You’ll Reach for Your Makeup After Seeing These Chinese-Style Paintings

One of Red's makeup paintings. (Screenshot/Instagram)
One of Red's makeup paintings. (Screenshot/Instagram)

Not all painters use a brush, or at least not a regular one.

Chinese artist-architect Red Hong Yi goes by the name “Red” because her name Hong sounds like the word for red in Mandarin.

Her family fled China during the Cultural Revolution in the 1960s, so Red was born in Sabah, Malaysia. But she studied in Melbourne, Australia, and now works as an architect in Shanghai.

Her talents are varied, and she first shot to Internet fame with her portrait of basketball player Yao Ming which went viral on YouTube… because she painted it with a basketball!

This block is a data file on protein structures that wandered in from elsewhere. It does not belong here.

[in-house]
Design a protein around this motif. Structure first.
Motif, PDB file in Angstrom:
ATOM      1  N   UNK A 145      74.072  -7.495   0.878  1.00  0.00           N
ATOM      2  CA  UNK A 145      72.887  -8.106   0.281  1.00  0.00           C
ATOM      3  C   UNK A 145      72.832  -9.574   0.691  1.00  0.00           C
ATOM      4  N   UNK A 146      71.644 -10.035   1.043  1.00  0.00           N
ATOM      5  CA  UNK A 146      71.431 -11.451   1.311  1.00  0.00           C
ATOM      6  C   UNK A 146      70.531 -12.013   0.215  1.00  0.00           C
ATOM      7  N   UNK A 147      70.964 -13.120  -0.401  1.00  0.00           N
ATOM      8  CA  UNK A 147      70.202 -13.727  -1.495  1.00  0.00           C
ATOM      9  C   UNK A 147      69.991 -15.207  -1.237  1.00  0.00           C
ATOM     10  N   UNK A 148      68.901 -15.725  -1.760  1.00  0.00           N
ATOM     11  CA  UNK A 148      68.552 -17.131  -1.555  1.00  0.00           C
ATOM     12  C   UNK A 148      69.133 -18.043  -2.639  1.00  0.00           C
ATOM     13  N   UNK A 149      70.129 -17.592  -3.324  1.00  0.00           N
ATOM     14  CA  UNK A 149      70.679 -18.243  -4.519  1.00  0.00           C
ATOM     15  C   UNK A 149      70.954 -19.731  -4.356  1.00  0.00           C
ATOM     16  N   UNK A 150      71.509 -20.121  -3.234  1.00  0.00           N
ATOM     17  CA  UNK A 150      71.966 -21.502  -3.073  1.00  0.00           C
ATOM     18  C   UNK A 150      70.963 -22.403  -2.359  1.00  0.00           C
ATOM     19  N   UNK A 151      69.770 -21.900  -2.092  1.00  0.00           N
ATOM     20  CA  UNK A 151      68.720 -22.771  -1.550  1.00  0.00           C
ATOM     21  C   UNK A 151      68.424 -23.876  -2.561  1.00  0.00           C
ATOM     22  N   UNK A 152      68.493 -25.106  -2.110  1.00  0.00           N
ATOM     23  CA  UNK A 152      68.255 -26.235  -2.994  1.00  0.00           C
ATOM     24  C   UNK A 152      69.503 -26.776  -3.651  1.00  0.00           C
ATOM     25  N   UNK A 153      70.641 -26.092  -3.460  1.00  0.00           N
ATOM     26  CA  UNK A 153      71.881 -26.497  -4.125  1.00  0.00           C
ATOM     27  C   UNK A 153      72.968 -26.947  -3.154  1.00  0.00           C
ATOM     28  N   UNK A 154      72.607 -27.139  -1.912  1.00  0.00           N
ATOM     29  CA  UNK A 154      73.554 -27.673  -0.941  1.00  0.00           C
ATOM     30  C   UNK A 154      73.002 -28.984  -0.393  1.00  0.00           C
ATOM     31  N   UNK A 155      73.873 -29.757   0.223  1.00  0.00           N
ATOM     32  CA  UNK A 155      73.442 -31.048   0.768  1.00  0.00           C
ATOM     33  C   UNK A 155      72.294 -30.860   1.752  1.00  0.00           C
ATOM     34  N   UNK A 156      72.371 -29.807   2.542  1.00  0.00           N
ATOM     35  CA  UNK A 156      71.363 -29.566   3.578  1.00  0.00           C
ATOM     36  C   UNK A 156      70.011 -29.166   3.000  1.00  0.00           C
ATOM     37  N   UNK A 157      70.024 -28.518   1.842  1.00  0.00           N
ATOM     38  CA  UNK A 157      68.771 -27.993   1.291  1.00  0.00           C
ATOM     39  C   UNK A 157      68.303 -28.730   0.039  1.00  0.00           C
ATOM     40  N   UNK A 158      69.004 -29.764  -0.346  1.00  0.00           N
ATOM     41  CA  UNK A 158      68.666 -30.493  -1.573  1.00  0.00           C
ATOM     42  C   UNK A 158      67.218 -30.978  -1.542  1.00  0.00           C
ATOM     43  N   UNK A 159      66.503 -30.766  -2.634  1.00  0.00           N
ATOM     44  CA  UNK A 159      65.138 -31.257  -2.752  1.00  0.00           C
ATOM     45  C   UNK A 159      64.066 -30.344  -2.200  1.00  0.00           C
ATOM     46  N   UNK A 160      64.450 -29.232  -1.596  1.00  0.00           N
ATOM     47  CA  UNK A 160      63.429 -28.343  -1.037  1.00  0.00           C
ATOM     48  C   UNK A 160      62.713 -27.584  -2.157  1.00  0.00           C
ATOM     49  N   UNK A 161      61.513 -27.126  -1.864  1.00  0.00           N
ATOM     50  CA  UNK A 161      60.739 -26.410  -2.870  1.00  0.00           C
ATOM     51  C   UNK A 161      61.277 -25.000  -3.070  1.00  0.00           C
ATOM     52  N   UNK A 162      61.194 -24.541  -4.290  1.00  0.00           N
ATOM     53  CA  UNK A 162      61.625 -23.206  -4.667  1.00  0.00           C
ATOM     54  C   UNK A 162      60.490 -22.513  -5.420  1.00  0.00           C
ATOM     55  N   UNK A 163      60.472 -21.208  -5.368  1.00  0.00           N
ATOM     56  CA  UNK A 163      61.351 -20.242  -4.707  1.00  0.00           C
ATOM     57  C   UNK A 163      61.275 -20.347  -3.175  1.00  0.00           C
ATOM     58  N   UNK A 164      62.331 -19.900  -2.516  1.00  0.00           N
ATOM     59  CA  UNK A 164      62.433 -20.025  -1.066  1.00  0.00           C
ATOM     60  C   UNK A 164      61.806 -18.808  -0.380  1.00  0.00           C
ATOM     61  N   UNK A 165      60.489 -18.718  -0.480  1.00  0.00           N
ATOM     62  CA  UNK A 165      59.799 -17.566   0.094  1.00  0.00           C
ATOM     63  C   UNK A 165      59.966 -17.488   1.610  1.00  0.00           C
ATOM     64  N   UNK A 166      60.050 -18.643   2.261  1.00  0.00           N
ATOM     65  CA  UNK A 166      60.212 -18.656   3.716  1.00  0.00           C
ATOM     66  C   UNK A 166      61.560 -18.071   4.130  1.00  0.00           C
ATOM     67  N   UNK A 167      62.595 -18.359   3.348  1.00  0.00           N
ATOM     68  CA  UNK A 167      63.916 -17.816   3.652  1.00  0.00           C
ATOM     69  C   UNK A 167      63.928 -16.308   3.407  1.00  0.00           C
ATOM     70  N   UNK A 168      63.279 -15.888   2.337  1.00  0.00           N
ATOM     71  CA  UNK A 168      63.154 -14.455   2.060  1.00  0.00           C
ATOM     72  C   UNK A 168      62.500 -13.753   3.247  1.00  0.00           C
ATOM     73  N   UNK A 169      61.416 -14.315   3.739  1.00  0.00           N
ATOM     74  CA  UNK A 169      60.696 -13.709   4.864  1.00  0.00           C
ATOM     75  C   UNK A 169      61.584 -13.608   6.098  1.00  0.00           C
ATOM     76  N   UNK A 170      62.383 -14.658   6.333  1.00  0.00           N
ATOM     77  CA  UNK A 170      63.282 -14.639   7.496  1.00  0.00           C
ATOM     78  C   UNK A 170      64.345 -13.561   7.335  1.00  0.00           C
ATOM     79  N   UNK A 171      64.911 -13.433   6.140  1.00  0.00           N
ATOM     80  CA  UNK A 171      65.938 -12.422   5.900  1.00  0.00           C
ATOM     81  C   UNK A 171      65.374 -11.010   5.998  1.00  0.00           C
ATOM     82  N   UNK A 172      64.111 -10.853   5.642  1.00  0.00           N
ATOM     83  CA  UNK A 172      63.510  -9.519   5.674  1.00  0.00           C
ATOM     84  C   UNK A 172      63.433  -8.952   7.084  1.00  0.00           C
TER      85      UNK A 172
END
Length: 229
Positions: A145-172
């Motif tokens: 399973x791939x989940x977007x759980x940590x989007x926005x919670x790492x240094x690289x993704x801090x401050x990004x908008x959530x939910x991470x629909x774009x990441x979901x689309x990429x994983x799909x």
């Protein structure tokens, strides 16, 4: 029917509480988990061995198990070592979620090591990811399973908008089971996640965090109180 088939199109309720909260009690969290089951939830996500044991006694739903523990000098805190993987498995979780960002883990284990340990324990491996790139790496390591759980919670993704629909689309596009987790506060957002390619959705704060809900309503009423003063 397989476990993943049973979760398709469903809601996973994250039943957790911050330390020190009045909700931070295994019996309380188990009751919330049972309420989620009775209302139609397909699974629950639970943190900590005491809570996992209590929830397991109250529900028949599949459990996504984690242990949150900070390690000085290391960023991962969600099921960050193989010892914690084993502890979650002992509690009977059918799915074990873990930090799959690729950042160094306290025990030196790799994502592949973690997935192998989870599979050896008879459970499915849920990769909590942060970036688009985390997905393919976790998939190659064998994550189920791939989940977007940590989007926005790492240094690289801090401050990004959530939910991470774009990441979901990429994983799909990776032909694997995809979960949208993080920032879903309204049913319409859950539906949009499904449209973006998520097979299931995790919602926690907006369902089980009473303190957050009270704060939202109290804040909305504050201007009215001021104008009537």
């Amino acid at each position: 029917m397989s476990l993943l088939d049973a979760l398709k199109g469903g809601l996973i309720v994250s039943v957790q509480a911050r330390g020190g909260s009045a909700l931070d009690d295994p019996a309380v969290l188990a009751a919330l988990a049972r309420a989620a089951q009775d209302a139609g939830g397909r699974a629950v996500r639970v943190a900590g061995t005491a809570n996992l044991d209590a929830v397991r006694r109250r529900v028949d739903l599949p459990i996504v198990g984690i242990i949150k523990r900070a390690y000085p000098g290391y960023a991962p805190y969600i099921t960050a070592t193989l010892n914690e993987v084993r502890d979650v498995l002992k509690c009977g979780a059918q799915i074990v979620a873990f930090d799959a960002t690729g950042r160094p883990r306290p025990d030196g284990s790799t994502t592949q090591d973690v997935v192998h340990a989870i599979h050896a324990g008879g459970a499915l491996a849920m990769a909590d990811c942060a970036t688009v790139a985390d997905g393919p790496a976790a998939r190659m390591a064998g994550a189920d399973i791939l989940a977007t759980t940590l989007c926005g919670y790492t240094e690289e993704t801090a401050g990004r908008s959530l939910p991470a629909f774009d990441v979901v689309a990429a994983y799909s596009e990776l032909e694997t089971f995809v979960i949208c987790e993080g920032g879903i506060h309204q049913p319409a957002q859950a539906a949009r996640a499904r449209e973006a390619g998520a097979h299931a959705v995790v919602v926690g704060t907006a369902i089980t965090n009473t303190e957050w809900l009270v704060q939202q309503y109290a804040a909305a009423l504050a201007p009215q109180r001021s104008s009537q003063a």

Red first got the idea to use unorthodox materials while on a semester break in Sabah she realized she’d left her supplies in Melbourne.

So she started using everyday objects instead.

She’s certainly cornered the market on using unconventional tools to create her pieces. Here are some examples of her “Make-up meets Chinese Art” series, which combine extraordinary patience with delicate creativity:

 

Nail polish cherry blossoms ready for Chinese New Year, also known as Spring Festival

 

Bamboo with black and gray eyeshadow

 

The crane represents longevity (done in liquid eyeliner with mascara brushes as cattails)

 

Firecrackers and lanterns made with fiery red lipstick

 

2014 is Year of the Horse!

 

Autumn leaves with eyeliner pencil shavings

 

A 500-year-old village called Hong Cun with a red hot sun in nail polish

 

Guilin mountains and river in foundation powder

 

Orange nail polish koi swim between shimmery green eyeshadow lilypads

 

Fake eyelashes for leaves and liquid eyeliner for the trunk

 

Cranes made of damp cotton wool, eyeliner, and pieces of lipstick

Goldfish drawn with mascara

 

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